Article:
Changes made to joint honours supervision

More contacts to be available in some joint honours departments

The Schools of SPS (Social and Political Sciences) and PEP (Politics, Economics and Philosophy) have agreed to start a new scheme in which joint honours students in these departments will be given contacts to go to in the subjects that they do not have a supervisor in.

This contact is to give students the ability to ask questions related to specific departments, such as what modules or assessment topics to pick.

Natural Sciences are running the scheme too and came up with the idea for it independently. It has been pioneered by Roddy Vann, head of the department. This need for change came from the concerns of joint honours students regarding the amount of supervisor contact provided to them. This issue was a main feature in the election manifesto of Thomas Ron, Academic Officer. Ron told Nouse: “As a former Joint Honours student I know full well how difficult supervision can be for us. This system should provide students both the one-to-one pastoral support they rely on from their supervisor and the variety of advice they need from the multiple aspects of their course.”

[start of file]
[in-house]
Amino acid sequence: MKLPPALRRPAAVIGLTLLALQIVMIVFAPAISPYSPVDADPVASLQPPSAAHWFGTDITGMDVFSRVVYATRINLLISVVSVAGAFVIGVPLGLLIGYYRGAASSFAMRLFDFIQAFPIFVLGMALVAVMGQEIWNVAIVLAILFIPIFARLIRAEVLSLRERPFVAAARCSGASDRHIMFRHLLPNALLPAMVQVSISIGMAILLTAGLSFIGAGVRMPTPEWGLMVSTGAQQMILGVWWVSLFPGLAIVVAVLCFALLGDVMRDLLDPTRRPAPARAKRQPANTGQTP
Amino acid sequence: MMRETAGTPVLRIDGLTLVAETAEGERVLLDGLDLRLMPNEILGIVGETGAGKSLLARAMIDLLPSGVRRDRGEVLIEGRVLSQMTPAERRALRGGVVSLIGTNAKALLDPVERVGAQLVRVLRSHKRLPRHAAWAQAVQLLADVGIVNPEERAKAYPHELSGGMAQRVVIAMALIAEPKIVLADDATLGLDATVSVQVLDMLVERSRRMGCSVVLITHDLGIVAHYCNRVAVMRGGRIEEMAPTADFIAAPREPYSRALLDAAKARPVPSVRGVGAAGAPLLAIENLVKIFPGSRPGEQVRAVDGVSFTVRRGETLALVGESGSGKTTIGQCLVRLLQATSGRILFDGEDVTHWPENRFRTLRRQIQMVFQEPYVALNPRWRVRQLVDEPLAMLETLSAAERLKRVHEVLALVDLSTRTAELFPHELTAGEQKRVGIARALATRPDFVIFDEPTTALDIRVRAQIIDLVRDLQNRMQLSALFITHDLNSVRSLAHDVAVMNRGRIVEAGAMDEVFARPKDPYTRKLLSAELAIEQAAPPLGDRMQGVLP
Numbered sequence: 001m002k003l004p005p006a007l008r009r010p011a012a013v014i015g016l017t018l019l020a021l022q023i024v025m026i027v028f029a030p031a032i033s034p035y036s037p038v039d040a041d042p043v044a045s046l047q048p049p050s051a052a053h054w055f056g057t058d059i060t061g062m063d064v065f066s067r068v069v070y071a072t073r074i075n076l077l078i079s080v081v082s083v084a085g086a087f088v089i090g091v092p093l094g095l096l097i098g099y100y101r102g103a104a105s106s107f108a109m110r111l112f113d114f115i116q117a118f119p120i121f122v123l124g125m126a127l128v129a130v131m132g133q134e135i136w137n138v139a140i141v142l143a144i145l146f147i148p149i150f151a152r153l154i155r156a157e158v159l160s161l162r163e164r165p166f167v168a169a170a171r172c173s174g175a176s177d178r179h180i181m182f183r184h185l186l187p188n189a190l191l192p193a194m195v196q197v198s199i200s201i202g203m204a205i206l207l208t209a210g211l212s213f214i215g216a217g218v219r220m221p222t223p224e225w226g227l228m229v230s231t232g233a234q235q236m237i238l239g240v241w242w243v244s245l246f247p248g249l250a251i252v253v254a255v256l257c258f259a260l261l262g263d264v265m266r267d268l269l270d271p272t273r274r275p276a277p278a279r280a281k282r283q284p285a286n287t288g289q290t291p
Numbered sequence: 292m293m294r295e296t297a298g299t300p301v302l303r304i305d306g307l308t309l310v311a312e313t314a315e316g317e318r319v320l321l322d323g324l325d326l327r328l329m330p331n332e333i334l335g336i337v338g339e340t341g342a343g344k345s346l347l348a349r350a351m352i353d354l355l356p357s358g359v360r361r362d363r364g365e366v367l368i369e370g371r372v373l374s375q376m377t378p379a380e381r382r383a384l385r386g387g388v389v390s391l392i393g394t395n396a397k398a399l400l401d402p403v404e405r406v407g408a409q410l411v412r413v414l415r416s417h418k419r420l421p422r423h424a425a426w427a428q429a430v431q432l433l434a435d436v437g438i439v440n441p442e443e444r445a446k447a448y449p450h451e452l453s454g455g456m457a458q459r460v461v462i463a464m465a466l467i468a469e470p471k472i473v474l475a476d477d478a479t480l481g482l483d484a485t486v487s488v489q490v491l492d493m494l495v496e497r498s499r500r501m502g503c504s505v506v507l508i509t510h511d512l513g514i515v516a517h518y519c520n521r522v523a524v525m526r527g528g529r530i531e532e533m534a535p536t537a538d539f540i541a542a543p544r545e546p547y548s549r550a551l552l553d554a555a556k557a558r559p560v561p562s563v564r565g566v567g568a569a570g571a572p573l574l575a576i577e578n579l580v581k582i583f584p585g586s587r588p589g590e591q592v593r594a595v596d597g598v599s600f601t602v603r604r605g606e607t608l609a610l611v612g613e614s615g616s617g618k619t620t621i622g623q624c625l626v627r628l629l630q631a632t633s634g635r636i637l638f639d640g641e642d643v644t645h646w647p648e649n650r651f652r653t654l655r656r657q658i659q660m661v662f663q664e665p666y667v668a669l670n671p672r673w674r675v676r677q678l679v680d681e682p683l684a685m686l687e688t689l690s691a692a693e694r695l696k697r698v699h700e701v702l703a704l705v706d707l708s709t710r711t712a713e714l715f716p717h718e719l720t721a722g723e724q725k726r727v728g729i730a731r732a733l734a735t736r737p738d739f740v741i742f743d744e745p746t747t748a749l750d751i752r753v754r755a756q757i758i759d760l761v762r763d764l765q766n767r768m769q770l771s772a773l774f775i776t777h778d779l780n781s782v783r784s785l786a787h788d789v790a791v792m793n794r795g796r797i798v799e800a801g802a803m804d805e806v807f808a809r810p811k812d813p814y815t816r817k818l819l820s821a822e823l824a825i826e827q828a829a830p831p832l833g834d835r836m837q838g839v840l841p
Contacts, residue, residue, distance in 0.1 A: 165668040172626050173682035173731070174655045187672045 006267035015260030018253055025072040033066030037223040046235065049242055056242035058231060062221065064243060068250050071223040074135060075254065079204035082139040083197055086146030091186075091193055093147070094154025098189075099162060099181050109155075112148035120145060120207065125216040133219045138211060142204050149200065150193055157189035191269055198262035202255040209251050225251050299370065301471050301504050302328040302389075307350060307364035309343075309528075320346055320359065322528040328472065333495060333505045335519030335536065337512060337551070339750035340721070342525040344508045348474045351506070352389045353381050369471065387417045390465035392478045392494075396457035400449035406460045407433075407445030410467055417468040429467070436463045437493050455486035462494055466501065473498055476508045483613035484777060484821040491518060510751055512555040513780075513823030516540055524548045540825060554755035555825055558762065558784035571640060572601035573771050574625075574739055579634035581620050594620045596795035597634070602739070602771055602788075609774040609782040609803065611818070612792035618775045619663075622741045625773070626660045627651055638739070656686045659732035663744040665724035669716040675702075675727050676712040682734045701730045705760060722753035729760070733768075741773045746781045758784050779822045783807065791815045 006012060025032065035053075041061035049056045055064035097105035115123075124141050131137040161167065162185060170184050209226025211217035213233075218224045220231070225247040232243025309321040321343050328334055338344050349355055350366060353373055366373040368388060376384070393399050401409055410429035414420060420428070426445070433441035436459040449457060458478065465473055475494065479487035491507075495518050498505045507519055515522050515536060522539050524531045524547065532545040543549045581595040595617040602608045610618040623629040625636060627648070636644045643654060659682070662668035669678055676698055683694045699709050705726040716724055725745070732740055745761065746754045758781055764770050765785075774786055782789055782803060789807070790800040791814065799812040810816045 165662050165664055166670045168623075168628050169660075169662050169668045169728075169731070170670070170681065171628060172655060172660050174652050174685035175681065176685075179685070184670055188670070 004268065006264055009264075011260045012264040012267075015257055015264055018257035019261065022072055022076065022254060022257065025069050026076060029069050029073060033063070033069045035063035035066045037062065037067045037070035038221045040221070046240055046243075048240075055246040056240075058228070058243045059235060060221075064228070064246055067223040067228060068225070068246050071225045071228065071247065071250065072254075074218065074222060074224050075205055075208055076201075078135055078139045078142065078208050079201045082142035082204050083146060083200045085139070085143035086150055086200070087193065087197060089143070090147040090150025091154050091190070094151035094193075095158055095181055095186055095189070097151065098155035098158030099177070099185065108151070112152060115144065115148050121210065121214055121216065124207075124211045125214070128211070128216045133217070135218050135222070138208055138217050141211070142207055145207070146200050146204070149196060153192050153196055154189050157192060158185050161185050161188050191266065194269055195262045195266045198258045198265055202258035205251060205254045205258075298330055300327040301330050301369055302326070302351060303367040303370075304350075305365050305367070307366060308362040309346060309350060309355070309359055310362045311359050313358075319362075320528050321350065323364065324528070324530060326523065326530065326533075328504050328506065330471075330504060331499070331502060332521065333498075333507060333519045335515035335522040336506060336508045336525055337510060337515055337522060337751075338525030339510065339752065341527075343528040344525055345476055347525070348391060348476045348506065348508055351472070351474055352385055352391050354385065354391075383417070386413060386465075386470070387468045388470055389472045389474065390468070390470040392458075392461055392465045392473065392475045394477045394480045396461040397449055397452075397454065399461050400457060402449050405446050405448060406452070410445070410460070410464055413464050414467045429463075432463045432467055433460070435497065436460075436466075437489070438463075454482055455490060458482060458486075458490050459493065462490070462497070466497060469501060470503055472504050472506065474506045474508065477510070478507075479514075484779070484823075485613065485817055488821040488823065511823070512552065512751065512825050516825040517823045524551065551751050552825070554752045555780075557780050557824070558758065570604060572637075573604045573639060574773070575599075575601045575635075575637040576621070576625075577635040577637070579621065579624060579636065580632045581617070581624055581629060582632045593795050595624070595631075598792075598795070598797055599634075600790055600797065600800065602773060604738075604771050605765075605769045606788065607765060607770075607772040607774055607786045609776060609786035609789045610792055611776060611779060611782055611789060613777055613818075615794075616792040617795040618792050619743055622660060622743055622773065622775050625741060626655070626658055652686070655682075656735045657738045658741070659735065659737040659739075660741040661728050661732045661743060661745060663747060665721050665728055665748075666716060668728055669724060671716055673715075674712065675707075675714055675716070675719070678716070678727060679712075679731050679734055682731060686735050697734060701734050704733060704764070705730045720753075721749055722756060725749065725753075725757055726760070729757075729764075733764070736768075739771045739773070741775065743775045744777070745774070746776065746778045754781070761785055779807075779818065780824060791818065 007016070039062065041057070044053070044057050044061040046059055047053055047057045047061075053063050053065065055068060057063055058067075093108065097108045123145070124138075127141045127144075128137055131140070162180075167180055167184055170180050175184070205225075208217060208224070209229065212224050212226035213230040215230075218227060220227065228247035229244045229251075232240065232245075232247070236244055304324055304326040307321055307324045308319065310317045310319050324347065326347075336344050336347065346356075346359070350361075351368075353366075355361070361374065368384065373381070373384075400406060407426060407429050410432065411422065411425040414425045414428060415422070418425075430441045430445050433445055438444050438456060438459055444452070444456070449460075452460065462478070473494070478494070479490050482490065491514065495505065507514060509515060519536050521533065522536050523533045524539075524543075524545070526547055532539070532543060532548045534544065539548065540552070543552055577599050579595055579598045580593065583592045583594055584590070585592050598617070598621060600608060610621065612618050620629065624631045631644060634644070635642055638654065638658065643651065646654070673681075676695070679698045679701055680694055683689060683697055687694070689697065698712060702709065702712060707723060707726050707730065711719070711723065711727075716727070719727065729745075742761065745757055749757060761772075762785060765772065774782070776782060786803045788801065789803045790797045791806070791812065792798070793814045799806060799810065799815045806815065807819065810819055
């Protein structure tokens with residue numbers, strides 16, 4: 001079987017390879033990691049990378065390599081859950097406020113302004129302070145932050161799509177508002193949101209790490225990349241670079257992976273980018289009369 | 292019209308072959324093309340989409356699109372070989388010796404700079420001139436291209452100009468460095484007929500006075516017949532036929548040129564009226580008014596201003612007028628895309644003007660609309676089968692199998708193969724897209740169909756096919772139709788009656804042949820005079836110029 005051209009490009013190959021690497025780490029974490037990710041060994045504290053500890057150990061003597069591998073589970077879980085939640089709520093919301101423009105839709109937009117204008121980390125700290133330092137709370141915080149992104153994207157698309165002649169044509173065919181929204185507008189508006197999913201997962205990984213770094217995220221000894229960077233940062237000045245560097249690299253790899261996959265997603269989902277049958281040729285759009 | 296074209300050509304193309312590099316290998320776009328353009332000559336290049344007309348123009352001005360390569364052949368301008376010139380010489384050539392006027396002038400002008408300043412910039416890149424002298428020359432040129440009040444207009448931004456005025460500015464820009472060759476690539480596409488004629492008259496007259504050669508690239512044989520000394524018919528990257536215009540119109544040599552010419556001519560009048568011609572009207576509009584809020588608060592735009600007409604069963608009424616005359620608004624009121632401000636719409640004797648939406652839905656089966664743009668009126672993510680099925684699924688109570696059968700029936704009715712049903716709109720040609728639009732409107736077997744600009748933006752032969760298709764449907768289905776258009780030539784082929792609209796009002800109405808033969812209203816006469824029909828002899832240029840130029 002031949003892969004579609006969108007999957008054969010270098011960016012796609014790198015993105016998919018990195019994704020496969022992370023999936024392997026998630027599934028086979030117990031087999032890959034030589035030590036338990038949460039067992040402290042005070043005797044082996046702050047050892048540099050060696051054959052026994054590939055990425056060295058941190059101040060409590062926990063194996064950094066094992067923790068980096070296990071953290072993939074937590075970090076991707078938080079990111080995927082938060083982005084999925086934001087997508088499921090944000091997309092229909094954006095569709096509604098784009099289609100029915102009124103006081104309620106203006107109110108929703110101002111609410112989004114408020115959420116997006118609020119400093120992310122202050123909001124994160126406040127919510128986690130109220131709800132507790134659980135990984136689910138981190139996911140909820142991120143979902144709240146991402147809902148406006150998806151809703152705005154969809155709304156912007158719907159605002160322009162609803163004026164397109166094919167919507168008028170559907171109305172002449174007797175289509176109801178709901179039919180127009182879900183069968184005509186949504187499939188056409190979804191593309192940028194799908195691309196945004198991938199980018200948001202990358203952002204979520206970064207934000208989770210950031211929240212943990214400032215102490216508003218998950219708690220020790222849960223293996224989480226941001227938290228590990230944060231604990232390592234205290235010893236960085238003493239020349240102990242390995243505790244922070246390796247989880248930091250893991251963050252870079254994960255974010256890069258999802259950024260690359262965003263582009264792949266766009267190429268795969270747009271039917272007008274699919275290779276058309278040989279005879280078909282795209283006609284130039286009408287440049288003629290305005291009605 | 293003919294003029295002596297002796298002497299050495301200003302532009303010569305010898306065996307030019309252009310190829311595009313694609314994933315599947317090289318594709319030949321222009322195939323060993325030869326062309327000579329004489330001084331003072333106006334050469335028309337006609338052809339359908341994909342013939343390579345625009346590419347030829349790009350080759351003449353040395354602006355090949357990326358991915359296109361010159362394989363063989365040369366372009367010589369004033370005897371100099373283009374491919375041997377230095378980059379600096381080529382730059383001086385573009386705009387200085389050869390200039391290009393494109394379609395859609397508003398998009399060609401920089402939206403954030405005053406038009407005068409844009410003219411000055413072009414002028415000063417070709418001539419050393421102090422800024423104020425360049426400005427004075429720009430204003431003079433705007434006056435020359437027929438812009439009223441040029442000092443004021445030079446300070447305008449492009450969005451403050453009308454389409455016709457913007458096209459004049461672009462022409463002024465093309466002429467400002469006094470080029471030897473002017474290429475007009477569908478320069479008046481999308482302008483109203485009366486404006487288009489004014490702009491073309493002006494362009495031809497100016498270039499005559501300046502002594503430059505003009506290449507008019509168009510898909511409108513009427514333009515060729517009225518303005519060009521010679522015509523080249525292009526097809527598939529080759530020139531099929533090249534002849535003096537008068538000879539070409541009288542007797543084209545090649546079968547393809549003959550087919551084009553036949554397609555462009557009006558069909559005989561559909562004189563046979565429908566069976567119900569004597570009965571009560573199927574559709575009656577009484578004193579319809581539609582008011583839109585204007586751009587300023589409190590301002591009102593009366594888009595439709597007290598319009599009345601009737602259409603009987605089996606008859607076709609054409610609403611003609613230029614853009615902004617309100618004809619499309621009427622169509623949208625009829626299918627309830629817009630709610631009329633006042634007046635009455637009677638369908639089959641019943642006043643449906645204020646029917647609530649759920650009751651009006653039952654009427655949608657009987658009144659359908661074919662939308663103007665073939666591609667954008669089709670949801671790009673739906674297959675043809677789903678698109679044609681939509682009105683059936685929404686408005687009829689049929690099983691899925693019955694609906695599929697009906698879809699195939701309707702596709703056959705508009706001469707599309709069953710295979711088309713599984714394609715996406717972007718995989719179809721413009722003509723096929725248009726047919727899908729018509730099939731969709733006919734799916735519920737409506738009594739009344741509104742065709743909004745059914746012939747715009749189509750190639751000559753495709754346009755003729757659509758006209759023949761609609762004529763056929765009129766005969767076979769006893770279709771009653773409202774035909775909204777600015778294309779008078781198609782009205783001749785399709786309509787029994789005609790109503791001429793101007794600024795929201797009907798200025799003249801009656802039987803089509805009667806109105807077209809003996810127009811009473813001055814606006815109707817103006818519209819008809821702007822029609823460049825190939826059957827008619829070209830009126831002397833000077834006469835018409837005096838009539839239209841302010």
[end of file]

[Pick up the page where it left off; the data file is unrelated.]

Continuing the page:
In a survey conducted by Nouse earlier in the year nearly half the number of students doing joint honours described themselves as being ‘very satisfied’ with their supervisor compared to single honours students. Joseph Simnett, PEP student welcomes the changes by saying: “It’s good, rather than chasing up individual professors who may teach you a module but aren’t qualified to handle general affairs, you can have a representative in each discipline. This way I won’t keep being referred between departments whenever I see my supervisor.”

87 per cent of joint honours students said that they supported the idea of an academic supervisor with knowledge of all of the subjects that they study, or several points of contact within each discipline that they do on their course.

The movement has been formally passed by the Board of Studies for SPS. Matt Hodges, course rep for SPS, commented: “Although the (SPS) department considered changing the supervisor scheme, we felt it was less a problem with the set up now, and more a problem of students not having the correct information on who they should contact. So we went with increased visibility over any particular change.”

It is hoped that the new changes will help joint honours student feel more reassured that they have a contact in each of their subjects thus giving them the ability to ask specific, subject – related questions and avoiding department referals.

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